Compendium – Foreword and introduction

In his foreword, Cardinal Renato Raffaele Martino (who chaired the committee that produced the text) notes that Pope John Paul II commissioned the work in order to support and orient the action of Christians, whose entire lives should be acts of evangelization, as they go about their lives and engage with others.  The introduction proclaims Christ’s mission to bring salvation to all of humanity.  It identifies the task of the Church as spreading this Gospel.  Christ also teaches us what God has to say about justice and peace.

The starting point of this teaching is human dignity, which is transcendent because it is founded on man’s realization that God loves him.  This human dignity also reaches beyond the individual, bringing each of us into relationship with other people.  Relations among human persons can only be radically transformed through love.  Christian love spurs the faithful to contribute to securing the good of all people.  It is based on an integral understanding of humanity that is rooted in solidarity.

Disseminating the social teaching of the Church is a key part of evangelization.  To that end, the compendium presents this social teaching in a complete and systematic way.  It explains Christian anthropology, which comes from divine revelation concerning God’s love for the human person.  While acknowledging that historical change and shifting social contexts will require ongoing reflection concerning various topics presented, the Church’s teaching is rooted in an understanding of the integral human person, which comprises body and soul, heart and conscience, intellect and will.  Its goal is to continue the work of Christ according to the guidance of the Holy Spirit.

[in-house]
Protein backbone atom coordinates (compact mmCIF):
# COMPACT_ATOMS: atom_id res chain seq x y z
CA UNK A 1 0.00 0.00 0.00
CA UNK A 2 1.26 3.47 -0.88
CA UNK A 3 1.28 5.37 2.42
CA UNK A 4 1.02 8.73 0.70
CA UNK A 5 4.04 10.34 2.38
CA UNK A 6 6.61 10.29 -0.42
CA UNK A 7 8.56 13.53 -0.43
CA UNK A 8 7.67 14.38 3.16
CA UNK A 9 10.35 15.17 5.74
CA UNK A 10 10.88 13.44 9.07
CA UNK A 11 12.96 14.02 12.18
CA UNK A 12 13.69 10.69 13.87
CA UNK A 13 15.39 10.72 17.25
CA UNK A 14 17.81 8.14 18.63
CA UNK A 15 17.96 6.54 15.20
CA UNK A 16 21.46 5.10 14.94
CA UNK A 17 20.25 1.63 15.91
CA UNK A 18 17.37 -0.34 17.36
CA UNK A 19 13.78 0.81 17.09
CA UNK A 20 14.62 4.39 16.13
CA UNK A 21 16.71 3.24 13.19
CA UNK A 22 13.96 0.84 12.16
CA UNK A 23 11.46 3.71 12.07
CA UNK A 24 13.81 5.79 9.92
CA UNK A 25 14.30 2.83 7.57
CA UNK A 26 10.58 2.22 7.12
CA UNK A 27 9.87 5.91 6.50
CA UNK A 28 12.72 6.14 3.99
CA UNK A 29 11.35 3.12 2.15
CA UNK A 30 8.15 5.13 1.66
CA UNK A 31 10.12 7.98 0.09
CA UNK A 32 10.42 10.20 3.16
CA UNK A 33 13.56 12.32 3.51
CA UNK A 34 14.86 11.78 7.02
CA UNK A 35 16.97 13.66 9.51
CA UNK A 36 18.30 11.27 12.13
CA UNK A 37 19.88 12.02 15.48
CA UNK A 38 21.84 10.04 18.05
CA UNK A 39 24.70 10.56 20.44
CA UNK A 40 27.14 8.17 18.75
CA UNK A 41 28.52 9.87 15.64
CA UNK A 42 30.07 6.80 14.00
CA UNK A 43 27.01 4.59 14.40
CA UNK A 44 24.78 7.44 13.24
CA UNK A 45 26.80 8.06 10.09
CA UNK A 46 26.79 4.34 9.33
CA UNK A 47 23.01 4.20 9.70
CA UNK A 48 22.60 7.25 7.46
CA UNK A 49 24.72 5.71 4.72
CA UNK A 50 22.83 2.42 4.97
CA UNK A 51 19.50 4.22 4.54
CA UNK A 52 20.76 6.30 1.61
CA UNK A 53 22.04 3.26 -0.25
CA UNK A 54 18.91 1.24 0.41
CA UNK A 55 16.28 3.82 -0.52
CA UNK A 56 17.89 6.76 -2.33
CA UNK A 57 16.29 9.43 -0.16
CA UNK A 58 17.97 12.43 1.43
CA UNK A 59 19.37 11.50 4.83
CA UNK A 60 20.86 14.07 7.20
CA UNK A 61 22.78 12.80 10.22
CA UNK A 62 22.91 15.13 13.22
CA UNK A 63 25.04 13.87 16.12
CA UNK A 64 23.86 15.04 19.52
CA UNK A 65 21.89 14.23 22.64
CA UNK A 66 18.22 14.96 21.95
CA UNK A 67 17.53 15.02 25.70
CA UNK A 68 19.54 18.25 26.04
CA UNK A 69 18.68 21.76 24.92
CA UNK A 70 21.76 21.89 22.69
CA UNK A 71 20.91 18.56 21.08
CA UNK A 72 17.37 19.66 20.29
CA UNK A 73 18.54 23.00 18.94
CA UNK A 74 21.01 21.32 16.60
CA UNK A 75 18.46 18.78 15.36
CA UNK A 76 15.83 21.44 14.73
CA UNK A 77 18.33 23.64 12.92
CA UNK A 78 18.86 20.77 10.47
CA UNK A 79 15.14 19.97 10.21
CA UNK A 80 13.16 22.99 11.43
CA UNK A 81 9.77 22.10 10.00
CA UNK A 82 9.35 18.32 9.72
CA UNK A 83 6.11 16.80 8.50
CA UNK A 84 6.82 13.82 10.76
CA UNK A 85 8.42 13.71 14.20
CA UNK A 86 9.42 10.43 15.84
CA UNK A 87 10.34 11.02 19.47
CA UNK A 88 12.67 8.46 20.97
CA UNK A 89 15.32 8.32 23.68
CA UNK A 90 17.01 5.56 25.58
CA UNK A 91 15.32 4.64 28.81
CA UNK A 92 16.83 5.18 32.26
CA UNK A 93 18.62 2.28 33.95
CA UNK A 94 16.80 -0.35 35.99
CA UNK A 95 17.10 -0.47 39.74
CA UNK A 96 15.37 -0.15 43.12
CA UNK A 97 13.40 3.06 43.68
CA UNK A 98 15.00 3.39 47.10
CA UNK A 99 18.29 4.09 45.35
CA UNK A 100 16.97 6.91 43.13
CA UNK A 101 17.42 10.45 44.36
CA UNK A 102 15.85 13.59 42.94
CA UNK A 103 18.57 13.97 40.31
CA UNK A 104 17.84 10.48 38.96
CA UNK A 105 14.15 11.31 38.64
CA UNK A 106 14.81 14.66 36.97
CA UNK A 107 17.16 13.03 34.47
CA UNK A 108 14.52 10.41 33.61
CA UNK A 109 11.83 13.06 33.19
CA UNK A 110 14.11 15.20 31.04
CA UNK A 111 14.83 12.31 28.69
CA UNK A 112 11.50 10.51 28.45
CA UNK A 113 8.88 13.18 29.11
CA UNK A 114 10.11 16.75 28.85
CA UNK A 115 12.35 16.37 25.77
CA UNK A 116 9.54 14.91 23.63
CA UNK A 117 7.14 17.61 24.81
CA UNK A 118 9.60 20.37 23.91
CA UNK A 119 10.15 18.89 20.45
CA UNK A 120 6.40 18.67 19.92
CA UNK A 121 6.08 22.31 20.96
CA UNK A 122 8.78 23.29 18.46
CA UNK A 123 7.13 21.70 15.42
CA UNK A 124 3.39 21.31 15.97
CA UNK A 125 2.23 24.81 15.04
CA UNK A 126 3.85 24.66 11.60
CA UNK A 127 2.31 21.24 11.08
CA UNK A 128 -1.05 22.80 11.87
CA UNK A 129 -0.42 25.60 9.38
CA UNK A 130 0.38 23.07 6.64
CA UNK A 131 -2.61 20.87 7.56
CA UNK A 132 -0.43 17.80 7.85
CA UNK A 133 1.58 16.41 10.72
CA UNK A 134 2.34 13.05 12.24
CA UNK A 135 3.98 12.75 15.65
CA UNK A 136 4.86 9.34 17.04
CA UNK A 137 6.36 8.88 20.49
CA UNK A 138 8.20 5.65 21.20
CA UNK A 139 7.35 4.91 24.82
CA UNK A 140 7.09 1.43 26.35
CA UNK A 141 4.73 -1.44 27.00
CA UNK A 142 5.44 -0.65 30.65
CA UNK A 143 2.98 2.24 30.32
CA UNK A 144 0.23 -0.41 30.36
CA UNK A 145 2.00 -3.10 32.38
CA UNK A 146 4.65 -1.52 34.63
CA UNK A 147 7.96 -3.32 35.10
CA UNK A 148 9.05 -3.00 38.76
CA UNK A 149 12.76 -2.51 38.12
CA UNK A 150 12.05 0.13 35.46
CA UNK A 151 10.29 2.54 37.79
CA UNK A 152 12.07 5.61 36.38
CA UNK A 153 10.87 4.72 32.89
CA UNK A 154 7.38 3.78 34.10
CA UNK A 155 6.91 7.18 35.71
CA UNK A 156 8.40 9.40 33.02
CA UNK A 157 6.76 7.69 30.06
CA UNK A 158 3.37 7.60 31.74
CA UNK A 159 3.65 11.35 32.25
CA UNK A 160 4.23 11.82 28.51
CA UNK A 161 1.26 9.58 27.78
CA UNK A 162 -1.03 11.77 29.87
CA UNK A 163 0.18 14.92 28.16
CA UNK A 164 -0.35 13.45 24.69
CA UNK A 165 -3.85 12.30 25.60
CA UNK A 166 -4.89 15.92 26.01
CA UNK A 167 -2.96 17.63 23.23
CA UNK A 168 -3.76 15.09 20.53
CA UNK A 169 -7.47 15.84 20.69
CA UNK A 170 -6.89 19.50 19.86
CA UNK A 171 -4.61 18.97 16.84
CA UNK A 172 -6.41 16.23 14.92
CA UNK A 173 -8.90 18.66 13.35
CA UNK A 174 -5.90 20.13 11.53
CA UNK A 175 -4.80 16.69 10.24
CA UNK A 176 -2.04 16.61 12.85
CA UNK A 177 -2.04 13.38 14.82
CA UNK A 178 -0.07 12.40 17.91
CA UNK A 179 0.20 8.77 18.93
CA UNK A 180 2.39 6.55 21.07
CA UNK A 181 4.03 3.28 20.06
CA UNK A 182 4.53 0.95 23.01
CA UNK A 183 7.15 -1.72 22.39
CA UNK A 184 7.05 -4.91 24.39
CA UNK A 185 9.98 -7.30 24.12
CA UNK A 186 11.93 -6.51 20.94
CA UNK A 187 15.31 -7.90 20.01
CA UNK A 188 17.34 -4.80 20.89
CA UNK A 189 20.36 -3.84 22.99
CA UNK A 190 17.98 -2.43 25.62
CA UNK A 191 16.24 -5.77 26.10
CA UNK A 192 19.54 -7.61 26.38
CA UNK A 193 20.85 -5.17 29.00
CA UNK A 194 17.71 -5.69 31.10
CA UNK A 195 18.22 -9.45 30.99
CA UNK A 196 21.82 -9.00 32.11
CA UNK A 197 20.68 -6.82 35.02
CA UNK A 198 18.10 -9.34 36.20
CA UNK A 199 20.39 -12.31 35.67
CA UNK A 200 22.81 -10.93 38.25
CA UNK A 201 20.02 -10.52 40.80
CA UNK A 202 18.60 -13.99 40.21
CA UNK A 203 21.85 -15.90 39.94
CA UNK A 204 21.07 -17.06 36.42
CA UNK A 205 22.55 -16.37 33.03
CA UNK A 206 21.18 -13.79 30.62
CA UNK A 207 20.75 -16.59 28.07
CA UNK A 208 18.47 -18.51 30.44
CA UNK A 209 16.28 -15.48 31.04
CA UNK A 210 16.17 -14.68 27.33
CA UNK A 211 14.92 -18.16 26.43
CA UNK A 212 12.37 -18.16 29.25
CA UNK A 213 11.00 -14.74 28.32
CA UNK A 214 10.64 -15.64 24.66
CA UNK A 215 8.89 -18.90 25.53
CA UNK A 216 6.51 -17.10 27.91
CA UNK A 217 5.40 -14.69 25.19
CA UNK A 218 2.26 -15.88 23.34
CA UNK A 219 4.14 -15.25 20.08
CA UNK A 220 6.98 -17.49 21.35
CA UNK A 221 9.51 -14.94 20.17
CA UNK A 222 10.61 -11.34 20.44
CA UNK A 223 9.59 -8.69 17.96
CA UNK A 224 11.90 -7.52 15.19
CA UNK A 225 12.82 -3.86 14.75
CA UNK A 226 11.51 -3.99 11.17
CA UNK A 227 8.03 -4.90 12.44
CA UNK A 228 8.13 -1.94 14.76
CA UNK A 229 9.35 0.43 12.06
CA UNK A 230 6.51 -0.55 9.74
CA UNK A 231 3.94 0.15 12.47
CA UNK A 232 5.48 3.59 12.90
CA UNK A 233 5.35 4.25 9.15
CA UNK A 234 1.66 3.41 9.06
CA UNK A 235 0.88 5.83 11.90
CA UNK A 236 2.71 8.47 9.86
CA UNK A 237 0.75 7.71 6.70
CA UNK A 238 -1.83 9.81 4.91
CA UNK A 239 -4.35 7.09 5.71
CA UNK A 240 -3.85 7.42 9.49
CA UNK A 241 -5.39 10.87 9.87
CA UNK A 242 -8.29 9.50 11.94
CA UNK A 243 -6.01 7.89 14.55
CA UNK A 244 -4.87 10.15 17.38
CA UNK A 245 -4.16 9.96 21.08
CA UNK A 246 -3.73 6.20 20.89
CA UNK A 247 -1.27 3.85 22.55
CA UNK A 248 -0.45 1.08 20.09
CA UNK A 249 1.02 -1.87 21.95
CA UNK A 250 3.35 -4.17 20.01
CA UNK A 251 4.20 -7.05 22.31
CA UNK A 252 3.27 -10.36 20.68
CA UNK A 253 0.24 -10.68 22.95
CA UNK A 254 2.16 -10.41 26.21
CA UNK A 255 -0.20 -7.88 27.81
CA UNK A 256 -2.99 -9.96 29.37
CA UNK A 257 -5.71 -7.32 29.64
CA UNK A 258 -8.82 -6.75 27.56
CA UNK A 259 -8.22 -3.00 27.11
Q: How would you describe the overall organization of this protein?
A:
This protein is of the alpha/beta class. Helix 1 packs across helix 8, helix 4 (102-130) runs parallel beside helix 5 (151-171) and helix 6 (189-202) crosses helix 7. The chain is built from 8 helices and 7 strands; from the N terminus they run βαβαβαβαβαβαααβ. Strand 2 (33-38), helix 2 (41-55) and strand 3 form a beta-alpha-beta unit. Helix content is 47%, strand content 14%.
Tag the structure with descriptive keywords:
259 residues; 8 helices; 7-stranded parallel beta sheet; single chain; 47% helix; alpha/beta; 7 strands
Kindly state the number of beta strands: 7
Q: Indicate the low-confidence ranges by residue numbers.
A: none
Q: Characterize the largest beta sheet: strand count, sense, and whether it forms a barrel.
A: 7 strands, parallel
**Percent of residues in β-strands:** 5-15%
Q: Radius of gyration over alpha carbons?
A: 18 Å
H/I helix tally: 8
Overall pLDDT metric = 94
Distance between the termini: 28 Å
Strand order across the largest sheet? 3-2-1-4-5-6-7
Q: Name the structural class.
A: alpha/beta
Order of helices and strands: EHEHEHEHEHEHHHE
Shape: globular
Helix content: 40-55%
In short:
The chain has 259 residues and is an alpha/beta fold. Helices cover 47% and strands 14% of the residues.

Since the loftiest part of human experience relates to the profound questions concerning our existence (who are we? why are we here?), our religious life is consequently the highest expression of our experience.  But humanity also faces profound challenges, the greatest of which are coming to terms with the truth about the human person, understanding differences and pluralism at all levels of society, and globalization – not only in economic terms, but as a factor driving human destinies.

Christians are thus engaged in these challenges as they seek out the truth and the meaning of personal and social life.  The Church walks alongside the human race as it works through these issues.  Its social teachings offer a humanism which derives from God’s design of love for humanity, and which is based on the dignity and liberty of each human person.  A world of peace, justice, and solidarity is thus inseparable from the protection and promotion of the dignity of each human person.


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